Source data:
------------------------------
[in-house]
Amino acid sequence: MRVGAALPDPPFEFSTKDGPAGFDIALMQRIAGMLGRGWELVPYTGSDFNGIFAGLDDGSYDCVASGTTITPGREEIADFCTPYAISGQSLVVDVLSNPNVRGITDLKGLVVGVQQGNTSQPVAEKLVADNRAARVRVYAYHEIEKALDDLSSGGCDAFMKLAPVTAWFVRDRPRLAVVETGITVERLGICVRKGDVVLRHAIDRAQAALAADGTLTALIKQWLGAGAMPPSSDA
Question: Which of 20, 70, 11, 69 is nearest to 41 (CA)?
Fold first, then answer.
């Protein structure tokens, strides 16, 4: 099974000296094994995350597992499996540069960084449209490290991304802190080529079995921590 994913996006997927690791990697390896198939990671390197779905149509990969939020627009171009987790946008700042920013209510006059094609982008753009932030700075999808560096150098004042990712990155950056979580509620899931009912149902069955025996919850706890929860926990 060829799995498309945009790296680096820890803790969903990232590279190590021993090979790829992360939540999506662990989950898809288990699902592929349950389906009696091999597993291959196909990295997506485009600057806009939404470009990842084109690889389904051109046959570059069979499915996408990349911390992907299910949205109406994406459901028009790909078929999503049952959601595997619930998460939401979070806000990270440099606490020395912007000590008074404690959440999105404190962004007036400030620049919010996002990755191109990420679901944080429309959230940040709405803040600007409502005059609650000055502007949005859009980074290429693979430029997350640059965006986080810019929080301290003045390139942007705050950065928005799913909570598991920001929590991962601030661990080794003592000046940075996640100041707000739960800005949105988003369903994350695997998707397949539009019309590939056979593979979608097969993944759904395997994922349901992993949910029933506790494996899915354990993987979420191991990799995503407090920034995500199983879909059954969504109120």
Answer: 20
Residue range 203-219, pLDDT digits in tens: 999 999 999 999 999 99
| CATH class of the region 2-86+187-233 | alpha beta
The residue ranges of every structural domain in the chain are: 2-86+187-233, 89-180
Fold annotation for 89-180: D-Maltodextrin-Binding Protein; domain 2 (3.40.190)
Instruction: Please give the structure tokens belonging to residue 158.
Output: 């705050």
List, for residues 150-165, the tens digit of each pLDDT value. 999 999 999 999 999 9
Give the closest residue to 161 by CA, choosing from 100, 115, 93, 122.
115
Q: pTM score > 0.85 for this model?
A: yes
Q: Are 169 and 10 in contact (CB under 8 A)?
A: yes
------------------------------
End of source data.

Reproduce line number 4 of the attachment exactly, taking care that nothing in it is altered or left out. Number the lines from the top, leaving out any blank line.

Fold first, then answer.